E made a polite but heartfelt request that I not become one of those ‘men who write about transport infrastructure’, but she didn’t mention pictures, so this is by way of some extended captions.
First up. a picture that is in the book, of Manchester’s trams in a junkyard awaiting disposal. I included it partly because I warmed to the colour and texture of it. It’s an slide held by the lovely Greater Manchester Museum of Transport, which is in my view (though perhaps not E’s) one of the more intriguing of Manchester’s cultural offers. Tram-removal had been planned as early as the 1930s, but wartime saw a chronic shortage of buses to replace them with, with a whole fleet of Manchester’s own sent down to keep London on the move (presumably Manchester was fine cycling). In the immediate postwar years it continued to be a symbol of modernity and investment to rip up the tram tracks and trolley bus wires and replace them by much more cost-efficient and flexible petrol buses. The buses were also perceived as more comfortable, though I wonder if that was more to do with the heritage of wooden seats. Now of course, trams are back in Manchester as a symbol of public investment ambition. They might have potential to be greener and more comfortable than buses, but still less cost-efficient. Indeed trams were once explained to me by a senior transport civil servant as expensive, but the only way to get middle class people out of their cars as outside London no-one with a choice would use a bus.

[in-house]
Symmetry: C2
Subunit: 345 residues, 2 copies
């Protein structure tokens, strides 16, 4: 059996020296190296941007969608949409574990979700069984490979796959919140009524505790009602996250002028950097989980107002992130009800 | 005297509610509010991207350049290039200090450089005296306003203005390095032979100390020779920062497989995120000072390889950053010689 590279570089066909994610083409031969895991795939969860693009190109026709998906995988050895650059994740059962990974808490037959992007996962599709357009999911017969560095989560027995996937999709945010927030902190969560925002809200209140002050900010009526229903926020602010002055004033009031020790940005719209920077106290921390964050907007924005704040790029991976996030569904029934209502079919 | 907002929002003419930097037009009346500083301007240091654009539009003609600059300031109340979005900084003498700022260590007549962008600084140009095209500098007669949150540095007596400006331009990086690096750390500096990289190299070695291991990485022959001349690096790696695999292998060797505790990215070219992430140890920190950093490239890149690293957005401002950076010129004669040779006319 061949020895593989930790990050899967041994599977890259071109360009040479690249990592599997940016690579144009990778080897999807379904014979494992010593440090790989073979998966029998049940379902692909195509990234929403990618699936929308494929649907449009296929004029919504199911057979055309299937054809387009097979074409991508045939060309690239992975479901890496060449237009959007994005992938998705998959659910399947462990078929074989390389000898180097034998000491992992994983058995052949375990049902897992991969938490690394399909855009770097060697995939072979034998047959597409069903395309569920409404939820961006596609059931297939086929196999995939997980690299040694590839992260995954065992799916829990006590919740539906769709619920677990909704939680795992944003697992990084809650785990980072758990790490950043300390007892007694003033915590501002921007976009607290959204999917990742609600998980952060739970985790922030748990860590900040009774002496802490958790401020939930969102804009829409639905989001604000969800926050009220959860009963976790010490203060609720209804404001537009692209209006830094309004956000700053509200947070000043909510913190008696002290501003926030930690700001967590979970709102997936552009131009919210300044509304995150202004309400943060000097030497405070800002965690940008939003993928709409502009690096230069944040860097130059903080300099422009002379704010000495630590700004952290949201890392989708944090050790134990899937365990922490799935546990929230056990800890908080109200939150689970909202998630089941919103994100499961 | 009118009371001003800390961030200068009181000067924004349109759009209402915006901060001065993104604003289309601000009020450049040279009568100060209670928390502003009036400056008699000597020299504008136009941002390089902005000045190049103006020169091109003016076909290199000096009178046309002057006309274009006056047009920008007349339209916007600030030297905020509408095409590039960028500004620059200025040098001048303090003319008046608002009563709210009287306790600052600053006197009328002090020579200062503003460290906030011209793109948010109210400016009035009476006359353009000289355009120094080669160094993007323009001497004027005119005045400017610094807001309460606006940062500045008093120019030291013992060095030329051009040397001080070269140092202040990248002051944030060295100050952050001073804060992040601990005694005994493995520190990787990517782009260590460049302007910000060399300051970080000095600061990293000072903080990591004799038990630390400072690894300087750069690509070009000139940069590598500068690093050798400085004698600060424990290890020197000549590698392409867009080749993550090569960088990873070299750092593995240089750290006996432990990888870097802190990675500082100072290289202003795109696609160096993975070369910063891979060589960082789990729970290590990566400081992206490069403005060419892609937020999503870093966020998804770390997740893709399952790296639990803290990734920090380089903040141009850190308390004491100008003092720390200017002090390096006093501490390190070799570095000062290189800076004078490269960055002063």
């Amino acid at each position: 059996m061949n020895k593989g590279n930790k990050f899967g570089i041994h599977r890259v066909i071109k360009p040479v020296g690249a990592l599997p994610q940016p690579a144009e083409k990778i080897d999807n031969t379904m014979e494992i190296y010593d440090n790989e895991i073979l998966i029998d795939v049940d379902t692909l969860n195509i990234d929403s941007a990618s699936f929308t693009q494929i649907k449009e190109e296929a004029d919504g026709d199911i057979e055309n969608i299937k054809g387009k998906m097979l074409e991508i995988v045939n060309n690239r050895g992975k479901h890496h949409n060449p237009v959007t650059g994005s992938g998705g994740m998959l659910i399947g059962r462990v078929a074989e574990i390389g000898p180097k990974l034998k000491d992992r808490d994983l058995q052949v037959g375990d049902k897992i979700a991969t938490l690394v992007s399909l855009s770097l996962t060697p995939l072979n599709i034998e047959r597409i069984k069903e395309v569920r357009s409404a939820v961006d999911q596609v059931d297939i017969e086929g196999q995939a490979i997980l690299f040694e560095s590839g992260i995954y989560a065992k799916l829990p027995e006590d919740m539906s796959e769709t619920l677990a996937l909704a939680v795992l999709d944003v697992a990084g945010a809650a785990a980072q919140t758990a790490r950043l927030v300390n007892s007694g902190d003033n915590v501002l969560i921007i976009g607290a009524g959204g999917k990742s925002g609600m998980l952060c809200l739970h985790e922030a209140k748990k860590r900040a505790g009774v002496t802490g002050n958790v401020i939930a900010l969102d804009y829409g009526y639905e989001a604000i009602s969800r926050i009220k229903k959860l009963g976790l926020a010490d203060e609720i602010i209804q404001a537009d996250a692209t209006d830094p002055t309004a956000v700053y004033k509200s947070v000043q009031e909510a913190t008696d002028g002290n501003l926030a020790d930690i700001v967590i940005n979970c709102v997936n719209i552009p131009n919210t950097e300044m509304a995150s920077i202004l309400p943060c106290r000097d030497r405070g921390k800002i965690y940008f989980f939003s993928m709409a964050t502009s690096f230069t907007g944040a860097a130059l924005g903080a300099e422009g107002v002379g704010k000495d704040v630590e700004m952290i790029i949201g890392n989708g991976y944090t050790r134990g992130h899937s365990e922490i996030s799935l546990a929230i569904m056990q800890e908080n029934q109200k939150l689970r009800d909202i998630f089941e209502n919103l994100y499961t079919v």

Two quite unrelated infrastructure projects to squeeze in while E’s not looking. The first is a proposal for an electrically powered 100mph monorail from Liverpool to Manchester; it seems to have been a serious plan by a respectable engineer named FP Behr. The choice of monorail was part fashion and part to overcome the contemporary speed limitations of ordinary trains, caused by their unfortunate tendency to derail if they went too fast (because the engineering hadn’t been worked out, not because John Major deliberately fragmented the national rail safety expertise that knew how to keep the engineering doing its job). It never happened, for the usual reasons, but also because it turned out the the French engineer Lartigue, who had supposedly already got monorails working elsewhere, was a bit of a charlatan and his fall tainted the whole idea.
I had thought the bitcoin era of rail was in the nineteenth century, but I found another never-feasible project from the same year that will also have made money for advisers and consulting engineers if not for the promoters. Chetham’s library holds the only known copy of a bill presented to Parliament in 1902 for the building of an electric underground Circle line for Manchester. It wasn’t the first or last such effort. There are a couple of established railway engineers associated with the project, but the names of the promoters themselves don’t make any mark on Google and I assume they lost all the money they punted on investing the scheme. This particular one isn’t in most of the books you’d expect, but I’m not the first to find it; the route as a whole is definitely shown in an online map of unrealized schemes from the University of Manchester Geography department that I would link to if I could find it again.
And finally, here, in tribute to Douglas Hartree, who liked to spend his Saturdays in a signal box, is the interior of the signal box that used to stand just outside Manchester Victoria. Hartree also really enjoyed the General Strike of 1926 as it gave him a chance to drive a train.